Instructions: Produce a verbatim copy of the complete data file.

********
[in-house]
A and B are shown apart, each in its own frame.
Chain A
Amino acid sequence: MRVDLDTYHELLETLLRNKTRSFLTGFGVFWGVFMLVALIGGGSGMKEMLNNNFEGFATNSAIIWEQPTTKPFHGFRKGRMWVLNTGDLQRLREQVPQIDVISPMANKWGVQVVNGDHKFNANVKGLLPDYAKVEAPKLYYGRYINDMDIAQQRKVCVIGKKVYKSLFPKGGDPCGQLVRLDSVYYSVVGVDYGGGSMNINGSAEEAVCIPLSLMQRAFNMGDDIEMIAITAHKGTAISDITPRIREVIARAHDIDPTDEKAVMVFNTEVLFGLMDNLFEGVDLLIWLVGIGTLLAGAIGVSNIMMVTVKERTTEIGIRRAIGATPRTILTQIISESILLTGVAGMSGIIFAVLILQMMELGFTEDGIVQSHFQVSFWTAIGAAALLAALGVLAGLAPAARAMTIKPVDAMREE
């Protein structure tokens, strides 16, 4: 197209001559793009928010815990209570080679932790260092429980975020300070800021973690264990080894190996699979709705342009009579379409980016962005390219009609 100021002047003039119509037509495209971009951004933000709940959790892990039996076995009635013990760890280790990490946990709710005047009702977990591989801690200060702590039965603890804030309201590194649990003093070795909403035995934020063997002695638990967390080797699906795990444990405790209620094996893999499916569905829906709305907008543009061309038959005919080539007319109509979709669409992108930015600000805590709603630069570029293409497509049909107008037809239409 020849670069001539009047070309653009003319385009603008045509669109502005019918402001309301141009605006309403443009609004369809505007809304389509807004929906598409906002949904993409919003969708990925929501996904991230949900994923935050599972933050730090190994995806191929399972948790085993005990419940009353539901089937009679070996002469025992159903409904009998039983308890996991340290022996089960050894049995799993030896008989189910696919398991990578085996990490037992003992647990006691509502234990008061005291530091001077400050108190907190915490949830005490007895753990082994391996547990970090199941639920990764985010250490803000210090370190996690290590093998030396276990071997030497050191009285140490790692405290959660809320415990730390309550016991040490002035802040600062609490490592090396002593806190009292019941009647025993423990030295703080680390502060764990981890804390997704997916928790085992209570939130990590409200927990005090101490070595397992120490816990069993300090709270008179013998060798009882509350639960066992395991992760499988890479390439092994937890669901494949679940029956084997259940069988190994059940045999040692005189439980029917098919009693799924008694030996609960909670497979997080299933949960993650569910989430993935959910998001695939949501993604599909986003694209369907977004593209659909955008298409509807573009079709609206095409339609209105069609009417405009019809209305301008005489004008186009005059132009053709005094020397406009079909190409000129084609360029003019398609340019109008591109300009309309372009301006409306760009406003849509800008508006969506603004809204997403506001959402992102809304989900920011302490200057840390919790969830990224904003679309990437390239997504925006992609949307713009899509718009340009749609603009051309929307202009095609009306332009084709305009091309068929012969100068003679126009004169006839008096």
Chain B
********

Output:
[in-house]
A and B are shown apart, each in its own frame.
Chain A
Amino acid sequence: MRVDLDTYHELLETLLRNKTRSFLTGFGVFWGVFMLVALIGGGSGMKEMLNNNFEGFATNSAIIWEQPTTKPFHGFRKGRMWVLNTGDLQRLREQVPQIDVISPMANKWGVQVVNGDHKFNANVKGLLPDYAKVEAPKLYYGRYINDMDIAQQRKVCVIGKKVYKSLFPKGGDPCGQLVRLDSVYYSVVGVDYGGGSMNINGSAEEAVCIPLSLMQRAFNMGDDIEMIAITAHKGTAISDITPRIREVIARAHDIDPTDEKAVMVFNTEVLFGLMDNLFEGVDLLIWLVGIGTLLAGAIGVSNIMMVTVKERTTEIGIRRAIGATPRTILTQIISESILLTGVAGMSGIIFAVLILQMMELGFTEDGIVQSHFQVSFWTAIGAAALLAALGVLAGLAPAARAMTIKPVDAMREE
């Protein structure tokens, strides 16, 4: 197209001559793009928010815990209570080679932790260092429980975020300070800021973690264990080894190996699979709705342009009579379409980016962005390219009609 100021002047003039119509037509495209971009951004933000709940959790892990039996076995009635013990760890280790990490946990709710005047009702977990591989801690200060702590039965603890804030309201590194649990003093070795909403035995934020063997002695638990967390080797699906795990444990405790209620094996893999499916569905829906709305907008543009061309038959005919080539007319109509979709669409992108930015600000805590709603630069570029293409497509049909107008037809239409 020849670069001539009047070309653009003319385009603008045509669109502005019918402001309301141009605006309403443009609004369809505007809304389509807004929906598409906002949904993409919003969708990925929501996904991230949900994923935050599972933050730090190994995806191929399972948790085993005990419940009353539901089937009679070996002469025992159903409904009998039983308890996991340290022996089960050894049995799993030896008989189910696919398991990578085996990490037992003992647990006691509502234990008061005291530091001077400050108190907190915490949830005490007895753990082994391996547990970090199941639920990764985010250490803000210090370190996690290590093998030396276990071997030497050191009285140490790692405290959660809320415990730390309550016991040490002035802040600062609490490592090396002593806190009292019941009647025993423990030295703080680390502060764990981890804390997704997916928790085992209570939130990590409200927990005090101490070595397992120490816990069993300090709270008179013998060798009882509350639960066992395991992760499988890479390439092994937890669901494949679940029956084997259940069988190994059940045999040692005189439980029917098919009693799924008694030996609960909670497979997080299933949960993650569910989430993935959910998001695939949501993604599909986003694209369907977004593209659909955008298409509807573009079709609206095409339609209105069609009417405009019809209305301008005489004008186009005059132009053709005094020397406009079909190409000129084609360029003019398609340019109008591109300009309309372009301006409306760009406003849509800008508006969506603004809204997403506001959402992102809304989900920011302490200057840390919790969830990224904003679309990437390239997504925006992609949307713009899509718009340009749609603009051309929307202009095609009306332009084709305009091309068929012969100068003679126009004169006839008096």
Chain B